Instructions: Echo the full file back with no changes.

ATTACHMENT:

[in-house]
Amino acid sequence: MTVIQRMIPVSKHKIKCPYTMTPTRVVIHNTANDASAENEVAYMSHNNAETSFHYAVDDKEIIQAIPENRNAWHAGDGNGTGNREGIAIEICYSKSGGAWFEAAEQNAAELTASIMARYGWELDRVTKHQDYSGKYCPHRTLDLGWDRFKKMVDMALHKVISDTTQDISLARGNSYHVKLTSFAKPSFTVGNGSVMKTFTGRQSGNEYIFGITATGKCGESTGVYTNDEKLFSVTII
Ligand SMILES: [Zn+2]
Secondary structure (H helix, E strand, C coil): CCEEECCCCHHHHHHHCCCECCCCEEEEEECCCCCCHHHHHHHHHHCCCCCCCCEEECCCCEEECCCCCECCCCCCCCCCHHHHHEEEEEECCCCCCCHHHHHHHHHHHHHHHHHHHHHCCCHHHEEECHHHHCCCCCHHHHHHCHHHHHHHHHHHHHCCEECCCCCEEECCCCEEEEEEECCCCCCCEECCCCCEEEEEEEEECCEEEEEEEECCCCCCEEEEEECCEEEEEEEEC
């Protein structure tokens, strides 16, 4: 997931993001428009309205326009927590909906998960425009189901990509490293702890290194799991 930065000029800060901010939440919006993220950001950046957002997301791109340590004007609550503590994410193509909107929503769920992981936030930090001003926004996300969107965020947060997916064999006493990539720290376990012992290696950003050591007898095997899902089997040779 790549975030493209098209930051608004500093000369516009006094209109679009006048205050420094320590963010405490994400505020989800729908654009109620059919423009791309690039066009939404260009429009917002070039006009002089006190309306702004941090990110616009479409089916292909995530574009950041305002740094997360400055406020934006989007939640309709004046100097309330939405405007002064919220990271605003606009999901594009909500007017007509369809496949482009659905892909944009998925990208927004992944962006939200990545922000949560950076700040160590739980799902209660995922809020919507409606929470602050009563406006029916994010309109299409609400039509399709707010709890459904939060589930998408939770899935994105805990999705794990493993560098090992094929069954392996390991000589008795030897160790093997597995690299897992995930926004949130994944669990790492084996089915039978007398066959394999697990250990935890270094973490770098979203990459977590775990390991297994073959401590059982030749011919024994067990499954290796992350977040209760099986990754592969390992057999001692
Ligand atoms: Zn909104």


[in-house]
Amino acid sequence: MTVIQRMIPVSKHKIKCPYTMTPTRVVIHNTANDASAENEVAYMSHNNAETSFHYAVDDKEIIQAIPENRNAWHAGDGNGTGNREGIAIEICYSKSGGAWFEAAEQNAAELTASIMARYGWELDRVTKHQDYSGKYCPHRTLDLGWDRFKKMVDMALHKVISDTTQDISLARGNSYHVKLTSFAKPSFTVGNGSVMKTFTGRQSGNEYIFGITATGKCGESTGVYTNDEKLFSVTII
Ligand SMILES: [Zn+2]
Secondary structure (H helix, E strand, C coil): CCEEECCCCHHHHHHHCCCECCCCEEEEEECCCCCCHHHHHHHHHHCCCCCCCCEEECCCCEEECCCCCECCCCCCCCCCHHHHHEEEEEECCCCCCCHHHHHHHHHHHHHHHHHHHHHCCCHHHEEECHHHHCCCCCHHHHHHCHHHHHHHHHHHHHCCEECCCCCEEECCCCEEEEEEECCCCCCCEECCCCCEEEEEEEEECCEEEEEEEECCCCCCEEEEEECCEEEEEEEEC
């Protein structure tokens, strides 16, 4: 997931993001428009309205326009927590909906998960425009189901990509490293702890290194799991 930065000029800060901010939440919006993220950001950046957002997301791109340590004007609550503590994410193509909107929503769920992981936030930090001003926004996300969107965020947060997916064999006493990539720290376990012992290696950003050591007898095997899902089997040779 790549975030493209098209930051608004500093000369516009006094209109679009006048205050420094320590963010405490994400505020989800729908654009109620059919423009791309690039066009939404260009429009917002070039006009002089006190309306702004941090990110616009479409089916292909995530574009950041305002740094997360400055406020934006989007939640309709004046100097309330939405405007002064919220990271605003606009999901594009909500007017007509369809496949482009659905892909944009998925990208927004992944962006939200990545922000949560950076700040160590739980799902209660995922809020919507409606929470602050009563406006029916994010309109299409609400039509399709707010709890459904939060589930998408939770899935994105805990999705794990493993560098090992094929069954392996390991000589008795030897160790093997597995690299897992995930926004949130994944669990790492084996089915039978007398066959394999697990250990935890270094973490770098979203990459977590775990390991297994073959401590059982030749011919024994067990499954290796992350977040209760099986990754592969390992057999001692
Ligand atoms: Zn909104």